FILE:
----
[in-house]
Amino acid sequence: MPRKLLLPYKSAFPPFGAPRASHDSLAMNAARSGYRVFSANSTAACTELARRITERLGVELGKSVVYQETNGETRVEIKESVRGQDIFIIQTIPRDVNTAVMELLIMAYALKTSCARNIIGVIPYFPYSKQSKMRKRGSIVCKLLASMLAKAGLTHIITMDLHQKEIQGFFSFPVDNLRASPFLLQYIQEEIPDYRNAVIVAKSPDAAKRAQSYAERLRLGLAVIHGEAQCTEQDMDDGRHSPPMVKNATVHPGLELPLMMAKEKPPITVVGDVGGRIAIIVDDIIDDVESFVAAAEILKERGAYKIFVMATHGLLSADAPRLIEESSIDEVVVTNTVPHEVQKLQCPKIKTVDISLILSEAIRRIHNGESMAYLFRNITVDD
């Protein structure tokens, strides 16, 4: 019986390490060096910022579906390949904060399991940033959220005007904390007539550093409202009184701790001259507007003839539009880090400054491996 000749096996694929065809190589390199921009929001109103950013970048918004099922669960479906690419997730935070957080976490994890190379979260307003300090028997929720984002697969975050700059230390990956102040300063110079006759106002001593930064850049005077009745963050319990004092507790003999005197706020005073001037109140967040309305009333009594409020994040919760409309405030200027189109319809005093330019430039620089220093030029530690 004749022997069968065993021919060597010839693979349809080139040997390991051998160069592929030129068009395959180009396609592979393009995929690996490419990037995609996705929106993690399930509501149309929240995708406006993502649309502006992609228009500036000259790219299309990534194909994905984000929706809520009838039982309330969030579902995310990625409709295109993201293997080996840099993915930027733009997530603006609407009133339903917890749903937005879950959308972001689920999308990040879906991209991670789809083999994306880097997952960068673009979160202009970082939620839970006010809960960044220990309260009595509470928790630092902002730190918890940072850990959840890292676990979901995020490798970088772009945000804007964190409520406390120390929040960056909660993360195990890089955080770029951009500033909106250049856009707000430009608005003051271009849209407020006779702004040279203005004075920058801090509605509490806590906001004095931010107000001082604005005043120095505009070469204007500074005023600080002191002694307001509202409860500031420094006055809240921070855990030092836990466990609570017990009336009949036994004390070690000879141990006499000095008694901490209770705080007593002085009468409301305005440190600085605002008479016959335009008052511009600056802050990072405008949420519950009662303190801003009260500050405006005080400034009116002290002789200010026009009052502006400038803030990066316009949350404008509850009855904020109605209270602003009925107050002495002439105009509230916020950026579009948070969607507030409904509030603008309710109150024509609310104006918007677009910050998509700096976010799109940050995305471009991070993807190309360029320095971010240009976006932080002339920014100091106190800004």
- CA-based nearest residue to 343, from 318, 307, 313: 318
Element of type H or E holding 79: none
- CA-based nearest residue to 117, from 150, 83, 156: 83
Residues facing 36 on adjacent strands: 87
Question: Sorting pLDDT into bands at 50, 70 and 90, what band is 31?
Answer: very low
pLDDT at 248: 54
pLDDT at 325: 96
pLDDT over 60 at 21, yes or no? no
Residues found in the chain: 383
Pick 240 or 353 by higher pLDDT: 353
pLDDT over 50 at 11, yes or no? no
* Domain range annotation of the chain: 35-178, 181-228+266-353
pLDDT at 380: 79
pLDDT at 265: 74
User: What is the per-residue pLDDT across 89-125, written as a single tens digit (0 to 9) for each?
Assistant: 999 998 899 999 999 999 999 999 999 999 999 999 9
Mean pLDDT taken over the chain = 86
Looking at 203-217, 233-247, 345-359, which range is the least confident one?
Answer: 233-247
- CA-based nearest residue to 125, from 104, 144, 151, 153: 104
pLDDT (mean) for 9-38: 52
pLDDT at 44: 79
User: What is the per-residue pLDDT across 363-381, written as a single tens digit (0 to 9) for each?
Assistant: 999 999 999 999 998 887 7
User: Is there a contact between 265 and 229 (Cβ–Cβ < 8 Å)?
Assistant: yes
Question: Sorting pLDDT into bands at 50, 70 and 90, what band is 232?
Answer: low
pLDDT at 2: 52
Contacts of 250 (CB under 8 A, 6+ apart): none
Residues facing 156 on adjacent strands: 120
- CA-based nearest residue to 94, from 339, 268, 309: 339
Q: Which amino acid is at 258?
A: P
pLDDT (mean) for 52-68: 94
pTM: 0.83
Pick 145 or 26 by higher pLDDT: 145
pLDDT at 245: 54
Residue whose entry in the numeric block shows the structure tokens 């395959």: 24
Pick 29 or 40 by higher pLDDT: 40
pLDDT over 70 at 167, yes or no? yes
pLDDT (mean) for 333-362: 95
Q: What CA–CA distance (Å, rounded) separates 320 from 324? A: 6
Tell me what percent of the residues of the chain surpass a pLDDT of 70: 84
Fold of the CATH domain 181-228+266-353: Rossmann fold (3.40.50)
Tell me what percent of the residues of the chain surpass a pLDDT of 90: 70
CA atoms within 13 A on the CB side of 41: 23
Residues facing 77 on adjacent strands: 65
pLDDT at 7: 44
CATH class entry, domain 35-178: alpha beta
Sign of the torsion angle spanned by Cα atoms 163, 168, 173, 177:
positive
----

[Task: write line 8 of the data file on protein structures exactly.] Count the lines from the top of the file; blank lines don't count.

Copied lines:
Question: Sorting pLDDT into bands at 50, 70 and 90, what band is 31?